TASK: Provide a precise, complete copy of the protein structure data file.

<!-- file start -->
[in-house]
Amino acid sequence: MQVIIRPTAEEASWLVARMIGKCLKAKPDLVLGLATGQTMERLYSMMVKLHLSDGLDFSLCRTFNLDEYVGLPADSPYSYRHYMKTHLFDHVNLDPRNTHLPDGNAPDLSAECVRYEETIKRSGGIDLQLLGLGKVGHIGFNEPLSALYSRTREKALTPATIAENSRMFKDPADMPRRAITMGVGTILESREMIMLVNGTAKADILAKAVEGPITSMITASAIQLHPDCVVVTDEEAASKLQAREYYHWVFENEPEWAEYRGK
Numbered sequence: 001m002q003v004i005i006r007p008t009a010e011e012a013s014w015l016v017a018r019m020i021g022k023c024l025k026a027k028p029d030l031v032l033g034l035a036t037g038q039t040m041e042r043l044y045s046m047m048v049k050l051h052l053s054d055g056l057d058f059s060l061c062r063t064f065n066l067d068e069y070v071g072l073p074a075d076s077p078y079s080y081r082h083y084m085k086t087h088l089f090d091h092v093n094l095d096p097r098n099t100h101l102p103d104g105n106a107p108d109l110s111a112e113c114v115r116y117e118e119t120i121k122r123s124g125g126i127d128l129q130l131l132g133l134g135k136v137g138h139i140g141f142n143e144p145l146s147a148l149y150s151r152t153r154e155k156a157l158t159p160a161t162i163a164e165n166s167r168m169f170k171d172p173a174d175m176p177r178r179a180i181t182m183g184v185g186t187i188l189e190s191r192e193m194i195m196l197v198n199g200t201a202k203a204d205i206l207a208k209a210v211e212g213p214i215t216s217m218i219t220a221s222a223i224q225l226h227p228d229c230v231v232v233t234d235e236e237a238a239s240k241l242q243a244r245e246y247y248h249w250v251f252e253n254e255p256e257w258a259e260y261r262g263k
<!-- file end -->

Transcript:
[in-house]
Amino acid sequence: MQVIIRPTAEEASWLVARMIGKCLKAKPDLVLGLATGQTMERLYSMMVKLHLSDGLDFSLCRTFNLDEYVGLPADSPYSYRHYMKTHLFDHVNLDPRNTHLPDGNAPDLSAECVRYEETIKRSGGIDLQLLGLGKVGHIGFNEPLSALYSRTREKALTPATIAENSRMFKDPADMPRRAITMGVGTILESREMIMLVNGTAKADILAKAVEGPITSMITASAIQLHPDCVVVTDEEAASKLQAREYYHWVFENEPEWAEYRGK
Numbered sequence: 001m002q003v004i005i006r007p008t009a010e011e012a013s014w015l016v017a018r019m020i021g022k023c024l025k026a027k028p029d030l031v032l033g034l035a036t037g038q039t040m041e042r043l044y045s046m047m048v049k050l051h052l053s054d055g056l057d058f059s060l061c062r063t064f065n066l067d068e069y070v071g072l073p074a075d076s077p078y079s080y081r082h083y084m085k086t087h088l089f090d091h092v093n094l095d096p097r098n099t100h101l102p103d104g105n106a107p108d109l110s111a112e113c114v115r116y117e118e119t120i121k122r123s124g125g126i127d128l129q130l131l132g133l134g135k136v137g138h139i140g141f142n143e144p145l146s147a148l149y150s151r152t153r154e155k156a157l158t159p160a161t162i163a164e165n166s167r168m169f170k171d172p173a174d175m176p177r178r179a180i181t182m183g184v185g186t187i188l189e190s191r192e193m194i195m196l197v198n199g200t201a202k203a204d205i206l207a208k209a210v211e212g213p214i215t216s217m218i219t220a221s222a223i224q225l226h227p228d229c230v231v232v233t234d235e236e237a238a239s240k241l242q243a244r245e246y247y248h249w250v251f252e253n254e255p256e257w258a259e260y261r262g263k